Updated pattern match documents

Brian Goetz brian.goetz at oracle.com
Sun Sep 9 13:03:59 UTC 2018

> Seems that the new document steps away from dedicated matching 
> operator like __matches which we saw before and reuses instanceof 
> instead.

Yes -- the __matches notation was always a placeholder for something, 
which might have been `instanceof` all along; we just weren't sure 
whether `instanceof` could be cleanly extended.  But, given that it can, 
this seems a pretty sensible path.

> Does this mean that sole type name like String which is used in 
> instanceof currently is also a pattern?

This is possible, but we don't go quite that far in the current round; 
instead, we say that instanceof can take a type or a pattern on the 
RHS.  (Related question, in the other direction: can a deconstruction 
pattern take a binding variable for the whole thing, as in `D(int x) d`?)

> This could conflict with named constant. E. g.:
> class Test {
>   static final int String = 5;
>   void test(Object obj) {
>     if(obj instanceof String) {
>       // obj == 5 or is a string?
>     }
>   }
> }

We'd have this problem even more broadly if `T` were a pattern; is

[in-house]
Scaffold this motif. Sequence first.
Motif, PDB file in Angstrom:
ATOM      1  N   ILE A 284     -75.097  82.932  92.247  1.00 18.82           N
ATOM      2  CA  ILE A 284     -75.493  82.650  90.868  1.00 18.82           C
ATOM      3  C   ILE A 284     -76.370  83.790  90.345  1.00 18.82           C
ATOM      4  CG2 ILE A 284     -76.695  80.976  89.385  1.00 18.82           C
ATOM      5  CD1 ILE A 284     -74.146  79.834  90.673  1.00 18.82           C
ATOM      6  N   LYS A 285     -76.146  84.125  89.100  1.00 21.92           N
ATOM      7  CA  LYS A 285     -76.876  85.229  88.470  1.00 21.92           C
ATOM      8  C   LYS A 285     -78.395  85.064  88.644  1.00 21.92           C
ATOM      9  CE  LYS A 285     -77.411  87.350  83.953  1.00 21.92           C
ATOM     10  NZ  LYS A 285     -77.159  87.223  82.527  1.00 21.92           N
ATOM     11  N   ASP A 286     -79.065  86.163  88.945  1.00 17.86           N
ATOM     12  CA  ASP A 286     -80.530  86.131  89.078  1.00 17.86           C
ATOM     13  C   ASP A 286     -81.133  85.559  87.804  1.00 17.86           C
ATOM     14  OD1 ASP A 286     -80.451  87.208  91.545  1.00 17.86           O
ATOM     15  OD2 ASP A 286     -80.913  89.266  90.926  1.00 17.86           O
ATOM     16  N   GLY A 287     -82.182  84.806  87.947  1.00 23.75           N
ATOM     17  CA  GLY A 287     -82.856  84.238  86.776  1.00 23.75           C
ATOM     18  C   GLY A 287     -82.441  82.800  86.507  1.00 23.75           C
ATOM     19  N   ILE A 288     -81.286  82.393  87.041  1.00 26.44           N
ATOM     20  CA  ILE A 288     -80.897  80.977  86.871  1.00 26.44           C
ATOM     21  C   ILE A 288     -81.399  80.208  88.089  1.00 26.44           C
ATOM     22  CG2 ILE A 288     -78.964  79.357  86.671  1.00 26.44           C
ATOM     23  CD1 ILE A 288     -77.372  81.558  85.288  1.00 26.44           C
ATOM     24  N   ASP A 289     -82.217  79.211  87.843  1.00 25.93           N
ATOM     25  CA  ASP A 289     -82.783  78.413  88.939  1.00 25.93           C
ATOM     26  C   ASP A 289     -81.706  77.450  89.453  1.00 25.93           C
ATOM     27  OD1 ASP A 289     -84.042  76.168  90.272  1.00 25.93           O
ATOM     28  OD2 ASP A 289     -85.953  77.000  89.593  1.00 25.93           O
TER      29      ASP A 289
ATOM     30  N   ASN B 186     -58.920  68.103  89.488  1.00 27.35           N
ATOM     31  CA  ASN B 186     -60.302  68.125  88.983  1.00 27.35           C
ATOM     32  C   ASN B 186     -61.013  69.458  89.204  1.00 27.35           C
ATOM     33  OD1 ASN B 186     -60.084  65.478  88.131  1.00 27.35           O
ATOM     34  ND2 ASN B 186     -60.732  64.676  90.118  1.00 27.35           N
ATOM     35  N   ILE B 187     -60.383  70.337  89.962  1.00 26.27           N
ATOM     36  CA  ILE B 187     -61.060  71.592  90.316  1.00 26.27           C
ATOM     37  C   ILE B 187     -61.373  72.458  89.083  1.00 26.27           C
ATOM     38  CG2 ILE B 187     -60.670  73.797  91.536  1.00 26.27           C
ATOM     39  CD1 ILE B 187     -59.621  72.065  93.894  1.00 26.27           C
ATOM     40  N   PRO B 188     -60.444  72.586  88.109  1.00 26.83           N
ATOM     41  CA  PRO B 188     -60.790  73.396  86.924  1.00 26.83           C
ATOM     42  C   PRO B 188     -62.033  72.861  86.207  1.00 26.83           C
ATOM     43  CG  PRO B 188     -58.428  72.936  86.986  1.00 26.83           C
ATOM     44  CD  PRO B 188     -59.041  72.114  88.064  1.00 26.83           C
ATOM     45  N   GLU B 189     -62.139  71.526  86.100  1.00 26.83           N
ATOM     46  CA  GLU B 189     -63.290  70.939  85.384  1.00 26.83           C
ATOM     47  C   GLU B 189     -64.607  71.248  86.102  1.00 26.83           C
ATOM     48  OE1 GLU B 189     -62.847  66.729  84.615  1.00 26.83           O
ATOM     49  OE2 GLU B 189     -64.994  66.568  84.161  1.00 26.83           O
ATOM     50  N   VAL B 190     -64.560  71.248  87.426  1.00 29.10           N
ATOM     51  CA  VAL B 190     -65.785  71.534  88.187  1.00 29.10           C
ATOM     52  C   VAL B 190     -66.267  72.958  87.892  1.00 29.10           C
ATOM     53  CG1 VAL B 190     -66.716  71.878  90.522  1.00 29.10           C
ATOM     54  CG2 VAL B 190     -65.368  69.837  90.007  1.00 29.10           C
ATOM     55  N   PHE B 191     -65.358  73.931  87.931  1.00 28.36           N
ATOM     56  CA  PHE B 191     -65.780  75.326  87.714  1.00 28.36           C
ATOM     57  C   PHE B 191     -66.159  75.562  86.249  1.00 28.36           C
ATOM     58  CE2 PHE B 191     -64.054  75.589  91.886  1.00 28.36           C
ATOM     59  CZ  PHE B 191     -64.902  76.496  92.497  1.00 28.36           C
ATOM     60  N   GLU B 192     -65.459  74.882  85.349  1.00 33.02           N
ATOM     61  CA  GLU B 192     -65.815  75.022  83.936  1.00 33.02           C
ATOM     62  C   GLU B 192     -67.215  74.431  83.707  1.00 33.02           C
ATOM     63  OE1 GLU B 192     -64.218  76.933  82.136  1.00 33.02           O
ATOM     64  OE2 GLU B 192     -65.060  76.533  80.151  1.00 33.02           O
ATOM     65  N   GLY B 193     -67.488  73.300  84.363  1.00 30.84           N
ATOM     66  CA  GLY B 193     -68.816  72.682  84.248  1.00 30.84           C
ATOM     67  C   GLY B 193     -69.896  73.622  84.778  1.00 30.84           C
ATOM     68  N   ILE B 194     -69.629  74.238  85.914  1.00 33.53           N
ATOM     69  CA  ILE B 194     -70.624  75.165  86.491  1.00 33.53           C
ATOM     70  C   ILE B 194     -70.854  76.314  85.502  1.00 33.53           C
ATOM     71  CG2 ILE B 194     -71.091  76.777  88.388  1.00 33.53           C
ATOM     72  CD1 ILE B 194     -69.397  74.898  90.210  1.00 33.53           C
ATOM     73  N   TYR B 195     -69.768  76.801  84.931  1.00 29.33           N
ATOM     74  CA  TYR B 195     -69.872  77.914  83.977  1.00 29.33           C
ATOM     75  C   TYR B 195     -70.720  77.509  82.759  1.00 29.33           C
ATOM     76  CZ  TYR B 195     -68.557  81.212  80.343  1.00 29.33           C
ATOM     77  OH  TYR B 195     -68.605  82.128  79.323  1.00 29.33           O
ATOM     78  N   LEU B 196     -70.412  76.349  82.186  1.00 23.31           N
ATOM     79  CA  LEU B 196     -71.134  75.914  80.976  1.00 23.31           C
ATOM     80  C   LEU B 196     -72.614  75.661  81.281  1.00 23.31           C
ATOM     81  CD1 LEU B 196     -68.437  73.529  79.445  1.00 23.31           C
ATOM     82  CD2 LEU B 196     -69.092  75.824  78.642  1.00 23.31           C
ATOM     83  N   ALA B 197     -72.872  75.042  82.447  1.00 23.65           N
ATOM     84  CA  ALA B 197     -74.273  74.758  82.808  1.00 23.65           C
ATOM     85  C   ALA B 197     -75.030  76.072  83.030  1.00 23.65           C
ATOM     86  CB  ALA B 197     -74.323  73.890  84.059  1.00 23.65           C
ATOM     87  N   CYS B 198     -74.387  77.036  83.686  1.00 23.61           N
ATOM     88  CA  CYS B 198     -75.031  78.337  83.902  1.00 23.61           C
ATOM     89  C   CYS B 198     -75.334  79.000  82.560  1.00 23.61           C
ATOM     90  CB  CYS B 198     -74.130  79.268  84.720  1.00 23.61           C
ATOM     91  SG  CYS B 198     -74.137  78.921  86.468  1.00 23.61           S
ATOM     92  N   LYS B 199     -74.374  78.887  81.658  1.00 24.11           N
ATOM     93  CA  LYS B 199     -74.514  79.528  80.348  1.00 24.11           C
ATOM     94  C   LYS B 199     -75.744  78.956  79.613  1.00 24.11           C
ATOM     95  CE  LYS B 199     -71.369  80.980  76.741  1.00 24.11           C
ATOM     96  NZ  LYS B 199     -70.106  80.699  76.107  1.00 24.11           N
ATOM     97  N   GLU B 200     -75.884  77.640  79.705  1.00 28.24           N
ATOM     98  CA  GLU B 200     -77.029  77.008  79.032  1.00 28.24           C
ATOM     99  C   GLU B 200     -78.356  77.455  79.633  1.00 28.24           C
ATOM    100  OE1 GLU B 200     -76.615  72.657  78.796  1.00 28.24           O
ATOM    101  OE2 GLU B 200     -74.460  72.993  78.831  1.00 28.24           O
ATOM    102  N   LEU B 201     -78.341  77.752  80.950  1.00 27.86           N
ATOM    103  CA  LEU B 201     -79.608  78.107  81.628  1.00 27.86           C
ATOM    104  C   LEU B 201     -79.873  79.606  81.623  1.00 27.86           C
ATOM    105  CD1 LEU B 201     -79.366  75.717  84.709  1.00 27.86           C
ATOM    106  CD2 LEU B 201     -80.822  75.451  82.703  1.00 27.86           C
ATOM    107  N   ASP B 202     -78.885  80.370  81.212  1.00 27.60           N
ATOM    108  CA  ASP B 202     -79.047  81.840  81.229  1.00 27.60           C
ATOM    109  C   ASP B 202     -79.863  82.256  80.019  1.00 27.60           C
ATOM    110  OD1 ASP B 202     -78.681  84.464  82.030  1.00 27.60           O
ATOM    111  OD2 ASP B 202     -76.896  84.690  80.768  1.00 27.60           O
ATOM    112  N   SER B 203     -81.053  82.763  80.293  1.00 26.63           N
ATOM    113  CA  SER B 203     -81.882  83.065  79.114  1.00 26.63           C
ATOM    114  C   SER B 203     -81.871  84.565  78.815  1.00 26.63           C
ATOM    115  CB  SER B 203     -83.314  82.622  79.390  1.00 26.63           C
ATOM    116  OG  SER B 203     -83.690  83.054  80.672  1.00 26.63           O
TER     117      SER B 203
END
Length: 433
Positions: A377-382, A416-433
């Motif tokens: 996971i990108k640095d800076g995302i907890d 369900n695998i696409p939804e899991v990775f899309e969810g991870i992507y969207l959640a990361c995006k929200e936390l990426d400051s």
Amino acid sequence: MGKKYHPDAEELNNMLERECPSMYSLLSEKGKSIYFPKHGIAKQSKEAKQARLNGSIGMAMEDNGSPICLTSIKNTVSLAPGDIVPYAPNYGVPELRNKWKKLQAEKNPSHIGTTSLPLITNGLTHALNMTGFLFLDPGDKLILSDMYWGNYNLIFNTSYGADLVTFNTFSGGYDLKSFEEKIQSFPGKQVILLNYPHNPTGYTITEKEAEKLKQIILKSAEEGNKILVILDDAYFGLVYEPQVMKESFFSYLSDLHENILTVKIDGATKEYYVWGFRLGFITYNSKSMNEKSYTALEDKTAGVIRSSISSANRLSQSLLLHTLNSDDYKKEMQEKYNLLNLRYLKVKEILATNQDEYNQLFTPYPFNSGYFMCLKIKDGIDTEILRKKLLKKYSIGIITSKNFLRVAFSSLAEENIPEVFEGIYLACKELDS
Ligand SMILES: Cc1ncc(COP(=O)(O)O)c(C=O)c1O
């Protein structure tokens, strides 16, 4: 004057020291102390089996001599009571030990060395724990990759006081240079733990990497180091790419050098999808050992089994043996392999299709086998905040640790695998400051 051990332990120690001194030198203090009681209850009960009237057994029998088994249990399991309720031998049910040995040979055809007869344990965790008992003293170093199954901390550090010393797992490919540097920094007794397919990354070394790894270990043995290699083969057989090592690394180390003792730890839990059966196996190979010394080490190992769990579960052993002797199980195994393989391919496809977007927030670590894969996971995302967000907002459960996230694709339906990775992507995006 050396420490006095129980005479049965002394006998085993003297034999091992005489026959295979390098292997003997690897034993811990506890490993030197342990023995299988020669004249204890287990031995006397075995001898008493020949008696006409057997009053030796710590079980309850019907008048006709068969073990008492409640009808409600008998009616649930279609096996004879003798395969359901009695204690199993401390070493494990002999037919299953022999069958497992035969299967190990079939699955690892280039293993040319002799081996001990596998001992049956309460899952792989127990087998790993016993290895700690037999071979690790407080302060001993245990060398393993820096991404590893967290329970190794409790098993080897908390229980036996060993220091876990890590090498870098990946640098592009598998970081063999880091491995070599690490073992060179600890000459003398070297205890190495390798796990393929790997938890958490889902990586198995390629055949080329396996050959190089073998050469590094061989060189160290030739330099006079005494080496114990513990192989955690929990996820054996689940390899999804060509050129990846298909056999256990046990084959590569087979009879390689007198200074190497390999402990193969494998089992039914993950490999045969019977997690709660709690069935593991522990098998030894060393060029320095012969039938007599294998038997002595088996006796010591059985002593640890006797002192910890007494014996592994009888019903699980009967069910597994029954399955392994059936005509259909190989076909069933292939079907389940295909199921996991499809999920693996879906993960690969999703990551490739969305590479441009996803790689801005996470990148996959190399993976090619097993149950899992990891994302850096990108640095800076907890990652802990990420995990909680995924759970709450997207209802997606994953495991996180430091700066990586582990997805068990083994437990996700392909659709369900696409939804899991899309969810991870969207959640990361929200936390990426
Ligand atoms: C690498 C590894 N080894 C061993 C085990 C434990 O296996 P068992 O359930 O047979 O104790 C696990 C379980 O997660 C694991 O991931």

case String:

a type pattern, or a constant pattern?  At least now, we only have to 
deal with this ambiguity in `instanceof`.  And, it might not be 
unreasonable to restrict the set of patterns you can put on the RHS of 
an `instanceof`; constant patterns on the RHS of instanceof would only 
be there "for completeness".  So we could restrict the grammar to be:

     <id> instanceof ( <type> | <type pattern> | <deconstruction pattern> )

and this problem goes away.  (Saying `x instanceof 3` is kind of silly; 
you could just say `x == 3`.  Same for `var` and `_` patterns.)  And the 
result is that all these patterns are type-based, which is clearly in 
the mission of `instanceof`.

If not, we have a problem where the grammar might simply accept an 
identifier, and then type checking will have to do more work before we 
know what the construct means.  (This happens too with things like 
`a.b.c`; any of those dots could be about field access, or package 
membership, or nested membership; we parse it now and sort it out later, 
according to some set of rules.)

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